Proposing mostly invisible characters

Richard Wordingham via Unicode unicode at
Thu Sep 12 09:29:46 CDT 2019

On Thu, 12 Sep 2019 14:53:45 +0200 (CEST)
Christoph Päper via Unicode <unicode at> wrote:

> Dear Unicoders
> There are some characters that have no precedent in existing
> encodings and are also hard to attest directly from printed sources.
> Can one still make a solid case for encoding those in Unicode? 
> I am thinking of characters that are either invisible (most of the
> time) or can become invisible under certain circumstances.
>   is *never* rendered as a hyphen,  
>   *but* the word it appears in is treated as if it contained one at
> its position. 

SOFT HYPHEN is supposed to be rendered in the manner appropriate to the
writing system, not necessarily like a HYPHEN.  In some writing
systems, such as, I gather, most very modern Lao writing systems, it
has no visual indication.  TUS claims that I was hallucinating when I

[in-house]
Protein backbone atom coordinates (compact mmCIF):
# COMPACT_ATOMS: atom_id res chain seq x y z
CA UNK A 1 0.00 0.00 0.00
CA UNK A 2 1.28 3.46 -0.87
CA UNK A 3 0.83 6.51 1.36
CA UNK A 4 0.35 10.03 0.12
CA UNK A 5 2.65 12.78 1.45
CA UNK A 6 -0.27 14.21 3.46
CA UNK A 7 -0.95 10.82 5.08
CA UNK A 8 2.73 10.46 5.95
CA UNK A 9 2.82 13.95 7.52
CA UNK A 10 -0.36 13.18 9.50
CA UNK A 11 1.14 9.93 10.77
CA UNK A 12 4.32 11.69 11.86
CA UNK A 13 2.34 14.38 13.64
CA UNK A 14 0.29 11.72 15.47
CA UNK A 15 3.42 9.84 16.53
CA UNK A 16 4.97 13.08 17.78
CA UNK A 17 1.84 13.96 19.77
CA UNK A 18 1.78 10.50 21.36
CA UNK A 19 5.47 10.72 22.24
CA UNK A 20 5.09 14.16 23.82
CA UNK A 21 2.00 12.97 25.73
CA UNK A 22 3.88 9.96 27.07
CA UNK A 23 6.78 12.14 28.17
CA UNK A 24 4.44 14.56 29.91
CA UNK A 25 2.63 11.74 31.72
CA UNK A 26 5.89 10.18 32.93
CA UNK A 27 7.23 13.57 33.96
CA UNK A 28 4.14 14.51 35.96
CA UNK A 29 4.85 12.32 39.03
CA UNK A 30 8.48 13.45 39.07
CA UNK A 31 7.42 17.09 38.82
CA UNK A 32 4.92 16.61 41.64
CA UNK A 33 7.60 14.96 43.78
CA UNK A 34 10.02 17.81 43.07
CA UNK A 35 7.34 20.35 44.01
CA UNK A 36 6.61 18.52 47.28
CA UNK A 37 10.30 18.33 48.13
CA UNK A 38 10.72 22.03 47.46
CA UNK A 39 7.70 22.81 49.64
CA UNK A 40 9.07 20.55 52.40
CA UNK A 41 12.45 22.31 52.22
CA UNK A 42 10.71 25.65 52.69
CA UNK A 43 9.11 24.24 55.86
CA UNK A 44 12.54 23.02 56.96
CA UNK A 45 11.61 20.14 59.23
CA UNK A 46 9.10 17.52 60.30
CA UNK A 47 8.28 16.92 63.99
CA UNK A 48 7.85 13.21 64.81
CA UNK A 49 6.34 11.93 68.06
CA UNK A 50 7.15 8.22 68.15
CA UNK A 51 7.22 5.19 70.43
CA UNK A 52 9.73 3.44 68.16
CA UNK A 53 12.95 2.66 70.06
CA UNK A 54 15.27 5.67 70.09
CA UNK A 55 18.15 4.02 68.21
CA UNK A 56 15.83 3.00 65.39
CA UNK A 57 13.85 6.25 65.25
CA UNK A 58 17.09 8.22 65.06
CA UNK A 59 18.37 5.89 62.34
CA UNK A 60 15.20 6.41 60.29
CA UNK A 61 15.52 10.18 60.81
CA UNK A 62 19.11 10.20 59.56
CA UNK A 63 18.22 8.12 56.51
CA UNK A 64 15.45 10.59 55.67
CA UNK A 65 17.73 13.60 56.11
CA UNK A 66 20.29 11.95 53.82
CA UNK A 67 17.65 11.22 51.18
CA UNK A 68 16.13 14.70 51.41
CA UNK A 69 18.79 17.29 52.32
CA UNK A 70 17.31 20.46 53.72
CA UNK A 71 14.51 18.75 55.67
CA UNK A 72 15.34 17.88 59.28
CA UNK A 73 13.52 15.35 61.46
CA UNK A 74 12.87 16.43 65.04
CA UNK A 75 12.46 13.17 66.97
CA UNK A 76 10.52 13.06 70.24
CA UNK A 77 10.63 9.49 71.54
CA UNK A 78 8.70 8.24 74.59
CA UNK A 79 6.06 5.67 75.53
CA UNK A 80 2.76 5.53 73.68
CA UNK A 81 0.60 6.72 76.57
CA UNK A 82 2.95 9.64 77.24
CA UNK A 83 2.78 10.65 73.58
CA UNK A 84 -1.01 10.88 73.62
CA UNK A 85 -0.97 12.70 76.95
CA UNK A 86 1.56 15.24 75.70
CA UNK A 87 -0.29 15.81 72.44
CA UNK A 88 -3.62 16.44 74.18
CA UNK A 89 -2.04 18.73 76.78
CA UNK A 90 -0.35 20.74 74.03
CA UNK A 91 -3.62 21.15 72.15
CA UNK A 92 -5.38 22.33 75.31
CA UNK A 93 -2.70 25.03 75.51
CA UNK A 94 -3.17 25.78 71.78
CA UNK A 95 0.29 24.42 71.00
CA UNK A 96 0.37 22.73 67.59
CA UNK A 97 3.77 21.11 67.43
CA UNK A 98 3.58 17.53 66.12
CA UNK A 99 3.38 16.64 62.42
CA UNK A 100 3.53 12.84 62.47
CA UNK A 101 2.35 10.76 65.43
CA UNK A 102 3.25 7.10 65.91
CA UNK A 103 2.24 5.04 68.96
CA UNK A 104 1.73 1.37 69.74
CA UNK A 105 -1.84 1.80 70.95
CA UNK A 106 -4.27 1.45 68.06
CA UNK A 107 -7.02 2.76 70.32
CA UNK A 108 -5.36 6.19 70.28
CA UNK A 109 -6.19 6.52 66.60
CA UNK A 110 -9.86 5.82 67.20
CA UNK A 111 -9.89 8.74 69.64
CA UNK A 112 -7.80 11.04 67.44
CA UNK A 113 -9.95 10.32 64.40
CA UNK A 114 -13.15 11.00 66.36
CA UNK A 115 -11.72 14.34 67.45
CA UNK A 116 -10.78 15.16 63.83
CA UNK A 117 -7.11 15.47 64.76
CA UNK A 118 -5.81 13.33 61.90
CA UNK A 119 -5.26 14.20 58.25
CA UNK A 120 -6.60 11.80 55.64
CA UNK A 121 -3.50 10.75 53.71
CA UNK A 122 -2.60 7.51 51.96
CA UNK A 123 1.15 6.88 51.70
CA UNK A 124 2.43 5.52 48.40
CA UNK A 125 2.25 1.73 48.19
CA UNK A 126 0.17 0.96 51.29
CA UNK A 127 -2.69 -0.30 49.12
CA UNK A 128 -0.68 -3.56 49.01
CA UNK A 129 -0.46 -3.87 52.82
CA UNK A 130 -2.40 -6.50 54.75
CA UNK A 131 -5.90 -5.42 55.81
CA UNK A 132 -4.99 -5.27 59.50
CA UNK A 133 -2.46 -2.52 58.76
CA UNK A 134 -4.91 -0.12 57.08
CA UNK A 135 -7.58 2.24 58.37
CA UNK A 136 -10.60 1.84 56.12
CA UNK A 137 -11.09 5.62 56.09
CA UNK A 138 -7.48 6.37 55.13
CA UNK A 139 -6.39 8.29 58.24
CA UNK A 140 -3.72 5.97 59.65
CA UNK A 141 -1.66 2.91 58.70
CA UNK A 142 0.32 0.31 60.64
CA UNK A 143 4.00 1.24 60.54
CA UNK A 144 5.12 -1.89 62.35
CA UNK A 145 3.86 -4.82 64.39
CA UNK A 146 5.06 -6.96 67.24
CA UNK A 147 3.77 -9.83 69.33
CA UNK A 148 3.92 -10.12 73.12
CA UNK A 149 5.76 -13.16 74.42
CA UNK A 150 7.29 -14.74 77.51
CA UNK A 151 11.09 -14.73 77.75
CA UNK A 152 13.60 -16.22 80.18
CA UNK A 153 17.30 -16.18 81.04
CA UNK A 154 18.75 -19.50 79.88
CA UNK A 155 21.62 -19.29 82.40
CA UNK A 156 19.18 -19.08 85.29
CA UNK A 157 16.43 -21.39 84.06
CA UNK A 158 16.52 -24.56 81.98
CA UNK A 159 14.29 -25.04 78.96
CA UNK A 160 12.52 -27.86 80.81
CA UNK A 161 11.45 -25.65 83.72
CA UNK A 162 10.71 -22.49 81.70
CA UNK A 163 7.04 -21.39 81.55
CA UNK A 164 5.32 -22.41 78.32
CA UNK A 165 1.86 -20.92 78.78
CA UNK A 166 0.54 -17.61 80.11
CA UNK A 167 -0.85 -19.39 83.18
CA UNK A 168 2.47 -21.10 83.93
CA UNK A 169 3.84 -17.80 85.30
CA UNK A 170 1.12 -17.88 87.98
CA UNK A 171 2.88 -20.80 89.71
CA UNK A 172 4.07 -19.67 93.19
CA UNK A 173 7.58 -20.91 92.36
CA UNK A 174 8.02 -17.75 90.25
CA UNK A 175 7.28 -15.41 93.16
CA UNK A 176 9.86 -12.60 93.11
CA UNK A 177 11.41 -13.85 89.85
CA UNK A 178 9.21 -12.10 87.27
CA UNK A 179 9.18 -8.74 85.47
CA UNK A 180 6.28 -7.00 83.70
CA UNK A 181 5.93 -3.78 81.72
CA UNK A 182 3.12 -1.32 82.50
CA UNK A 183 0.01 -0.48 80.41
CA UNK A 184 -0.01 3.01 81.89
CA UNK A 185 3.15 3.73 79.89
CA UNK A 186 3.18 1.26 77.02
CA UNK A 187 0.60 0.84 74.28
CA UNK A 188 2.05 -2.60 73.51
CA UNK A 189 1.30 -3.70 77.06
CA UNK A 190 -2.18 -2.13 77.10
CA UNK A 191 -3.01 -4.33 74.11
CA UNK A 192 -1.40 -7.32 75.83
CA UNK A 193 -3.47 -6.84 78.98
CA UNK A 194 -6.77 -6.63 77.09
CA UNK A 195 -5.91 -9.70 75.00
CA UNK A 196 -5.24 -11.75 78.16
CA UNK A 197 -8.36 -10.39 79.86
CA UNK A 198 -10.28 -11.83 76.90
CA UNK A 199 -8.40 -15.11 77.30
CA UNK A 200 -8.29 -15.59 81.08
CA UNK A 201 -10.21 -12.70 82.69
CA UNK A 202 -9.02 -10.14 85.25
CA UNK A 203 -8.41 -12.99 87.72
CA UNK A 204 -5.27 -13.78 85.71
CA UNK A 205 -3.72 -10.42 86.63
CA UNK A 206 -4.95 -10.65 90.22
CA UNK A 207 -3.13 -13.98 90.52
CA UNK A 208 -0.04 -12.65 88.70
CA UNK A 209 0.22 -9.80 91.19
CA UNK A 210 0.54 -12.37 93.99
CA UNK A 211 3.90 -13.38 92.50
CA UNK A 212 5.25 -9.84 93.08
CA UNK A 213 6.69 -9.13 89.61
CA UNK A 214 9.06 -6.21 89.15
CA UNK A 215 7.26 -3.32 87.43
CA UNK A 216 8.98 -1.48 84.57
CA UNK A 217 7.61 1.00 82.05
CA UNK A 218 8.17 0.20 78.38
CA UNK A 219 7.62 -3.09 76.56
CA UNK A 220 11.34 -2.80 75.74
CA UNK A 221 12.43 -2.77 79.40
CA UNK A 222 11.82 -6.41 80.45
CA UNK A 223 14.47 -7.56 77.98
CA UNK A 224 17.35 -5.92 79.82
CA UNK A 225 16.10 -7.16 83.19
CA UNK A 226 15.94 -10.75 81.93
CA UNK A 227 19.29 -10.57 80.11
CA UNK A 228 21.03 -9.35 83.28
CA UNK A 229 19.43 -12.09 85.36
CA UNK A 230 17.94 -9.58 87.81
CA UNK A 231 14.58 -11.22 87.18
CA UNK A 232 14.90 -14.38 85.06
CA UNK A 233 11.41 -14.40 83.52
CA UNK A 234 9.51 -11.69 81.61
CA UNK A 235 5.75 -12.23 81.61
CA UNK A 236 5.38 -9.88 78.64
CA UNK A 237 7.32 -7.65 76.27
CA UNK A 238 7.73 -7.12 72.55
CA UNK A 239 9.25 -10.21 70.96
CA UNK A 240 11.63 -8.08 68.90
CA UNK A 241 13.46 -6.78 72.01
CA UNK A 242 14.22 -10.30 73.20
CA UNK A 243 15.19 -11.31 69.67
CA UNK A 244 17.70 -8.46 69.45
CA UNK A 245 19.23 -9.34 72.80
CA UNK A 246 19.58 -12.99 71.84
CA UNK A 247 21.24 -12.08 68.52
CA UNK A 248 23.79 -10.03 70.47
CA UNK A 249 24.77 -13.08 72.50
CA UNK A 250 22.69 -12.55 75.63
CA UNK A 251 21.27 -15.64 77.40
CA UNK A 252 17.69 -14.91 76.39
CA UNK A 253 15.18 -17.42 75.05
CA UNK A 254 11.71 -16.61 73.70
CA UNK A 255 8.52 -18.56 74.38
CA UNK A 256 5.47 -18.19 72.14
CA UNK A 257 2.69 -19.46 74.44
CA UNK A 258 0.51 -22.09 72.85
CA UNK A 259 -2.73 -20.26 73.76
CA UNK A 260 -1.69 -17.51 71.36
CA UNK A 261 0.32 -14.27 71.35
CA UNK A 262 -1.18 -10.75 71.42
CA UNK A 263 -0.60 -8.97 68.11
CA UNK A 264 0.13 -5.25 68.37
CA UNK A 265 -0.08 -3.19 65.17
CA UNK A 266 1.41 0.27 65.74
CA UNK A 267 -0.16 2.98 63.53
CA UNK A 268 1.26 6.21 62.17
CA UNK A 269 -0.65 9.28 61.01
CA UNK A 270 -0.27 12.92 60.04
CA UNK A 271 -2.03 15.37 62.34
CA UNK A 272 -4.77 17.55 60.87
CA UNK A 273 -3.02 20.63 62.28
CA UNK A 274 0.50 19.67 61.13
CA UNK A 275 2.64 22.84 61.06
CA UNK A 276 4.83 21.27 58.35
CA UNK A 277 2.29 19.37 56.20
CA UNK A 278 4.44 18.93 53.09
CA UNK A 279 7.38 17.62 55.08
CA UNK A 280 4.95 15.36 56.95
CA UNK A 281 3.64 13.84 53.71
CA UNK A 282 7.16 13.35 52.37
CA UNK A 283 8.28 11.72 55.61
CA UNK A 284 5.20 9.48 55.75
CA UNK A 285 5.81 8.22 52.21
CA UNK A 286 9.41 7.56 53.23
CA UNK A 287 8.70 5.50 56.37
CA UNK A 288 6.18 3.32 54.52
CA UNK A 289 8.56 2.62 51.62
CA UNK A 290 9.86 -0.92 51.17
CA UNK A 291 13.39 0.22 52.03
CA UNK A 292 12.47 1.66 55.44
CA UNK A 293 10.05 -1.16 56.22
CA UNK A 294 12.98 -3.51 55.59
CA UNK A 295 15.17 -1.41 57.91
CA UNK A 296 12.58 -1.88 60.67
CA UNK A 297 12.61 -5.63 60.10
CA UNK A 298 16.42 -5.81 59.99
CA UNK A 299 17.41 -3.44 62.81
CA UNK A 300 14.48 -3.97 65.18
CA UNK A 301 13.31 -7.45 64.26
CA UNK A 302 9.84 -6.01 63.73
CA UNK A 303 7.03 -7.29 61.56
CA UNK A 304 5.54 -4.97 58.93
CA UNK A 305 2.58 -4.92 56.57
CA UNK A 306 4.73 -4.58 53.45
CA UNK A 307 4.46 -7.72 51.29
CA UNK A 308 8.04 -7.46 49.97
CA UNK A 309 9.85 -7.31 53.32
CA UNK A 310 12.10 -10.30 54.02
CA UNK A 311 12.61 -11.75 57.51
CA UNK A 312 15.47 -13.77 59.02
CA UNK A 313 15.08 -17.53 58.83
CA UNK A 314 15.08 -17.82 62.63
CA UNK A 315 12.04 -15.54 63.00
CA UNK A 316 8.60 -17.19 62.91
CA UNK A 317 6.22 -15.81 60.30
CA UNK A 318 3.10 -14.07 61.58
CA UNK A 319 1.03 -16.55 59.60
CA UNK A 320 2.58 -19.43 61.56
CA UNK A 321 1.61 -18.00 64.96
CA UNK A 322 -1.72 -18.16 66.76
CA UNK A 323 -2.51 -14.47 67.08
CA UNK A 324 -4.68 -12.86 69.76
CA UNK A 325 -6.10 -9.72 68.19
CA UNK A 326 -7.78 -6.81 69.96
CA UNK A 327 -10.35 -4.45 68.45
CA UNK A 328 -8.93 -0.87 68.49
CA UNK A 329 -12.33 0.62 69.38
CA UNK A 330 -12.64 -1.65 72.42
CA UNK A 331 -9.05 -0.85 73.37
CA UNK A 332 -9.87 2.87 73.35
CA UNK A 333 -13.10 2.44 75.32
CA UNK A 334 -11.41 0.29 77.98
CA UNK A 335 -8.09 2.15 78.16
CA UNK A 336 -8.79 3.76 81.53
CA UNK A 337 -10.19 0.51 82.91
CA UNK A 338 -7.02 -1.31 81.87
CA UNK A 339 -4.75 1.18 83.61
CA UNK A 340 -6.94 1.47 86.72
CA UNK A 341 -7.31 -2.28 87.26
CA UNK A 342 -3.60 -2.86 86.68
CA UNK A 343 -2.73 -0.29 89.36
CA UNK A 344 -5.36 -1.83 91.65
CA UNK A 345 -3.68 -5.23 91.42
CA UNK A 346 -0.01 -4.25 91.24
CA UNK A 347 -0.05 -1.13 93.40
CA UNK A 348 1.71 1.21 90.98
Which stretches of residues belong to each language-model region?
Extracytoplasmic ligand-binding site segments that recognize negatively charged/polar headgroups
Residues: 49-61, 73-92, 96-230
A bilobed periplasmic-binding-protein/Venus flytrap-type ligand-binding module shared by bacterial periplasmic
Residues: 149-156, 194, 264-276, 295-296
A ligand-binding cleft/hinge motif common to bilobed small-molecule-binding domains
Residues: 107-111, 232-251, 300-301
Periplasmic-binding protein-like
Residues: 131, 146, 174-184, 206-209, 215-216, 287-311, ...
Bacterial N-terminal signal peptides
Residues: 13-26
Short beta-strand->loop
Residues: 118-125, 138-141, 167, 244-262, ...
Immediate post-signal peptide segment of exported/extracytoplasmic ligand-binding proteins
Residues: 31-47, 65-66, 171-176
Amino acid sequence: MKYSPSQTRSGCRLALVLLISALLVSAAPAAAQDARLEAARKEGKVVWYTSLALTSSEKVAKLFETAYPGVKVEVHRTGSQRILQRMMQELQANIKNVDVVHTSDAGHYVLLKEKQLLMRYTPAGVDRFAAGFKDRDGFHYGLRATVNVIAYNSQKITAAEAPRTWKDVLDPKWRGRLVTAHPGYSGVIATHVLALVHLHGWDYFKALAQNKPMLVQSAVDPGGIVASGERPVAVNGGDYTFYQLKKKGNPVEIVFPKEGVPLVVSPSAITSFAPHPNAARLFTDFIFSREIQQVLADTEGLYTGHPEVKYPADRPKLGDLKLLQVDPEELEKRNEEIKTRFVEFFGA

saw word wrapping hyphens in non-scriptio continua Pali in the Tai
Tham script in a Lao book.  (To put it less provocatively, one needs
user-level control of the rendering of soft hyphens.)

So, to make a proper case for INVISIBLE HYPHEN, you at least need
evidence of a contrast between soft-hyphen and an invisible hyphen.
Even then, you run the risk of being told that you should use a higher
level protocol which you will have to implement yourself.  Also, so
long as you don't need your text to be automatically split into words,
you can use ZWSP for the function.


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